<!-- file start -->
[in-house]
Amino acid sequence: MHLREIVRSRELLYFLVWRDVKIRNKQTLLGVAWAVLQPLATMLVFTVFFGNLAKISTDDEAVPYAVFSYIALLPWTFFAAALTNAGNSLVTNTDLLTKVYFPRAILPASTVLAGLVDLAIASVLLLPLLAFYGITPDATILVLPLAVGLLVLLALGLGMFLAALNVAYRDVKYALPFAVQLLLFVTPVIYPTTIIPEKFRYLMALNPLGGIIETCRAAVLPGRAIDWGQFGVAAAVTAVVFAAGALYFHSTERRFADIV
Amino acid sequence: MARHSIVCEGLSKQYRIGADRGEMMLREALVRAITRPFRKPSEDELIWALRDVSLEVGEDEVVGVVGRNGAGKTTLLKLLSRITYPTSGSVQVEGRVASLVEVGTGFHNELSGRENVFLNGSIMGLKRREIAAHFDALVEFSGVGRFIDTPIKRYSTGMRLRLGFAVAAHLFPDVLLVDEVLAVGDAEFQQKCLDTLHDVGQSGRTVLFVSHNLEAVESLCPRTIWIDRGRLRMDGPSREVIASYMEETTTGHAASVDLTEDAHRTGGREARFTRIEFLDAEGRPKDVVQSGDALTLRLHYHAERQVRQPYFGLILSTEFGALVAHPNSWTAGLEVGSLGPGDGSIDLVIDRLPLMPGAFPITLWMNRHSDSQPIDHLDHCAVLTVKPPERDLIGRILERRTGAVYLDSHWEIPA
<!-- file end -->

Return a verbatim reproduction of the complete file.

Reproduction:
[in-house]
Amino acid sequence: MHLREIVRSRELLYFLVWRDVKIRNKQTLLGVAWAVLQPLATMLVFTVFFGNLAKISTDDEAVPYAVFSYIALLPWTFFAAALTNAGNSLVTNTDLLTKVYFPRAILPASTVLAGLVDLAIASVLLLPLLAFYGITPDATILVLPLAVGLLVLLALGLGMFLAALNVAYRDVKYALPFAVQLLLFVTPVIYPTTIIPEKFRYLMALNPLGGIIETCRAAVLPGRAIDWGQFGVAAAVTAVVFAAGALYFHSTERRFADIV
Amino acid sequence: MARHSIVCEGLSKQYRIGADRGEMMLREALVRAITRPFRKPSEDELIWALRDVSLEVGEDEVVGVVGRNGAGKTTLLKLLSRITYPTSGSVQVEGRVASLVEVGTGFHNELSGRENVFLNGSIMGLKRREIAAHFDALVEFSGVGRFIDTPIKRYSTGMRLRLGFAVAAHLFPDVLLVDEVLAVGDAEFQQKCLDTLHDVGQSGRTVLFVSHNLEAVESLCPRTIWIDRGRLRMDGPSREVIASYMEETTTGHAASVDLTEDAHRTGGREARFTRIEFLDAEGRPKDVVQSGDALTLRLHYHAERQVRQPYFGLILSTEFGALVAHPNSWTAGLEVGSLGPGDGSIDLVIDRLPLMPGAFPITLWMNRHSDSQPIDHLDHCAVLTVKPPERDLIGRILERRTGAVYLDSHWEIPA